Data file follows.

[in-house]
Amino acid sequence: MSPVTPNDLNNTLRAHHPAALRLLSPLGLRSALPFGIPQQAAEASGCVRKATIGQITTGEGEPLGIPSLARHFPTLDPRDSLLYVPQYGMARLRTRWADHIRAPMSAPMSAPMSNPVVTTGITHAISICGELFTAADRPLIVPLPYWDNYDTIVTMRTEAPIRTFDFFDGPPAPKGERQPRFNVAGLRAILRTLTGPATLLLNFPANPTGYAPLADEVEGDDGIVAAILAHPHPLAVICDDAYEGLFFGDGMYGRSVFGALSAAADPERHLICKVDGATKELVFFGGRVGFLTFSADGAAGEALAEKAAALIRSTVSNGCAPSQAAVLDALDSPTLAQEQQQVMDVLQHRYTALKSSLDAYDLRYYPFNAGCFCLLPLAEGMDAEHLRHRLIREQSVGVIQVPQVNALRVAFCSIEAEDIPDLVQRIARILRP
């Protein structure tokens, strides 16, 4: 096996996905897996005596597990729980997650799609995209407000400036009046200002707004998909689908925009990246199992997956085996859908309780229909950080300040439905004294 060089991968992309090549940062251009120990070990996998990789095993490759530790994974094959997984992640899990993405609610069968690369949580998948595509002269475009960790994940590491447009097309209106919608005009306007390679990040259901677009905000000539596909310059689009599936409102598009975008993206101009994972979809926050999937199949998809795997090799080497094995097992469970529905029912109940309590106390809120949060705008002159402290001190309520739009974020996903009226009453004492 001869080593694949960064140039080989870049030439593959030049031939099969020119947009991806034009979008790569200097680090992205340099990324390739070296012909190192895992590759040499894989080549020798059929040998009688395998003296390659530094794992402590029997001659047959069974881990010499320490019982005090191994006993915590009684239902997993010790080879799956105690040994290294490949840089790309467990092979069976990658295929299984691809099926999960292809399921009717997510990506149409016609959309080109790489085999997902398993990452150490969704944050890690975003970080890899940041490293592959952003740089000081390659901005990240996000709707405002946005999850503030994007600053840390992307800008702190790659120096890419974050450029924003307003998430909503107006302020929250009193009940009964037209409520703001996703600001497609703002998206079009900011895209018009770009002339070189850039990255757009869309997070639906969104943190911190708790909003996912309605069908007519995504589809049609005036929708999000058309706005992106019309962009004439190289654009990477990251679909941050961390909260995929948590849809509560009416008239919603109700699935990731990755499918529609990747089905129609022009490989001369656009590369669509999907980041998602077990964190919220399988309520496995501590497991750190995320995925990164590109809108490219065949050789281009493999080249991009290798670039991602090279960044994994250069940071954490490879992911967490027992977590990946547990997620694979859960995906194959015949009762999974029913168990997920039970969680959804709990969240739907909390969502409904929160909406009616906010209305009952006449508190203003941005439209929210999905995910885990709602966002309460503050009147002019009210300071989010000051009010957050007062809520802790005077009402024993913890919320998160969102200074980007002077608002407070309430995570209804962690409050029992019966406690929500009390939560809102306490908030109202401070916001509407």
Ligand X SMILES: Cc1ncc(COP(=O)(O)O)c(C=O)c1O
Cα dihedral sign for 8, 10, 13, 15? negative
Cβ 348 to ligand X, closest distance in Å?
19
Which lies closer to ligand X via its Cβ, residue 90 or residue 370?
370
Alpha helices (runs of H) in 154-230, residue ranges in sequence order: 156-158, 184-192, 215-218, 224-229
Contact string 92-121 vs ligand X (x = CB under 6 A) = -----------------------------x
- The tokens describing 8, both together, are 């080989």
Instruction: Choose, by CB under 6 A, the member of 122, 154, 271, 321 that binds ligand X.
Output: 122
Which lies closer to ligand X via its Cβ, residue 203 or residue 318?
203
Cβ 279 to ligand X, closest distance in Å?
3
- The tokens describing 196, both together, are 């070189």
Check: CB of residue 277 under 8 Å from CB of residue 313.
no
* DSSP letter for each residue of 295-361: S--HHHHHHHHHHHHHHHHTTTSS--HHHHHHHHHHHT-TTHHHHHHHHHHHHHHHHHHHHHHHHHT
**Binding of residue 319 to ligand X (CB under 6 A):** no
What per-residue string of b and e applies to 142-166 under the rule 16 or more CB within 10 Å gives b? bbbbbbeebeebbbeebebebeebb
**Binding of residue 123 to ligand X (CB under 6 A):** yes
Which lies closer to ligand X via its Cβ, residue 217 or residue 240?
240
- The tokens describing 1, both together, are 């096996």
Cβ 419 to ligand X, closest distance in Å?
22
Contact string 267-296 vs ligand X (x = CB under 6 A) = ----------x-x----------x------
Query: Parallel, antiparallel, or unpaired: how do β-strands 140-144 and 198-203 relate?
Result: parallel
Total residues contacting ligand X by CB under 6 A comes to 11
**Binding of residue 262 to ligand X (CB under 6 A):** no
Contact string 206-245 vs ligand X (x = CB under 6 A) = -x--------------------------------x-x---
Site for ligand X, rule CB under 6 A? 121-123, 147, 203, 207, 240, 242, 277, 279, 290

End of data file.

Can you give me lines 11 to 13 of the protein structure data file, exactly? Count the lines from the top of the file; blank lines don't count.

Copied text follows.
Contact string 92-121 vs ligand X (x = CB under 6 A) = -----------------------------x
- The tokens describing 8, both together, are 């080989």
Instruction: Choose, by CB under 6 A, the member of 122, 154, 271, 321 that binds ligand X.